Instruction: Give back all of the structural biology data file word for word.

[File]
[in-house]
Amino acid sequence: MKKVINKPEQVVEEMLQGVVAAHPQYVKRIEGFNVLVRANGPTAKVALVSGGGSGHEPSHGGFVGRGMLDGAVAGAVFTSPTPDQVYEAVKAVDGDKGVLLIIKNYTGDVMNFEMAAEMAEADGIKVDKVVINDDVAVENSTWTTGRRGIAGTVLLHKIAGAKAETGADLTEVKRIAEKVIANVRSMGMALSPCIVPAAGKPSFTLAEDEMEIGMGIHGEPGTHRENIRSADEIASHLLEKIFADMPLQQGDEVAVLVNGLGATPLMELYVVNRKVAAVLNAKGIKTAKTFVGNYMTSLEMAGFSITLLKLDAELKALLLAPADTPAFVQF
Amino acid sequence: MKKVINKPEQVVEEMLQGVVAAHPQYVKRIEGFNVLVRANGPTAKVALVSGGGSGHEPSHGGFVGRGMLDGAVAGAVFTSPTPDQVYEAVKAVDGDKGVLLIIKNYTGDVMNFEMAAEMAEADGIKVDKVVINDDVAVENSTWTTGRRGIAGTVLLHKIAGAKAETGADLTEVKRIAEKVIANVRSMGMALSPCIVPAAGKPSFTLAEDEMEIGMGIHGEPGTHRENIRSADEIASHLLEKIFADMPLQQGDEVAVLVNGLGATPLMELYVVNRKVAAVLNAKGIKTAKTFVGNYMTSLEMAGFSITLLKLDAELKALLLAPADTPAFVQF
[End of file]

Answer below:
[in-house]
Amino acid sequence: MKKVINKPEQVVEEMLQGVVAAHPQYVKRIEGFNVLVRANGPTAKVALVSGGGSGHEPSHGGFVGRGMLDGAVAGAVFTSPTPDQVYEAVKAVDGDKGVLLIIKNYTGDVMNFEMAAEMAEADGIKVDKVVINDDVAVENSTWTTGRRGIAGTVLLHKIAGAKAETGADLTEVKRIAEKVIANVRSMGMALSPCIVPAAGKPSFTLAEDEMEIGMGIHGEPGTHRENIRSADEIASHLLEKIFADMPLQQGDEVAVLVNGLGATPLMELYVVNRKVAAVLNAKGIKTAKTFVGNYMTSLEMAGFSITLLKLDAELKALLLAPADTPAFVQF
Amino acid sequence: MKKVINKPEQVVEEMLQGVVAAHPQYVKRIEGFNVLVRANGPTAKVALVSGGGSGHEPSHGGFVGRGMLDGAVAGAVFTSPTPDQVYEAVKAVDGDKGVLLIIKNYTGDVMNFEMAAEMAEADGIKVDKVVINDDVAVENSTWTTGRRGIAGTVLLHKIAGAKAETGADLTEVKRIAEKVIANVRSMGMALSPCIVPAAGKPSFTLAEDEMEIGMGIHGEPGTHRENIRSADEIASHLLEKIFADMPLQQGDEVAVLVNGLGATPLMELYVVNRKVAAVLNAKGIKTAKTFVGNYMTSLEMAGFSITLLKLDAELKALLLAPADTPAFVQF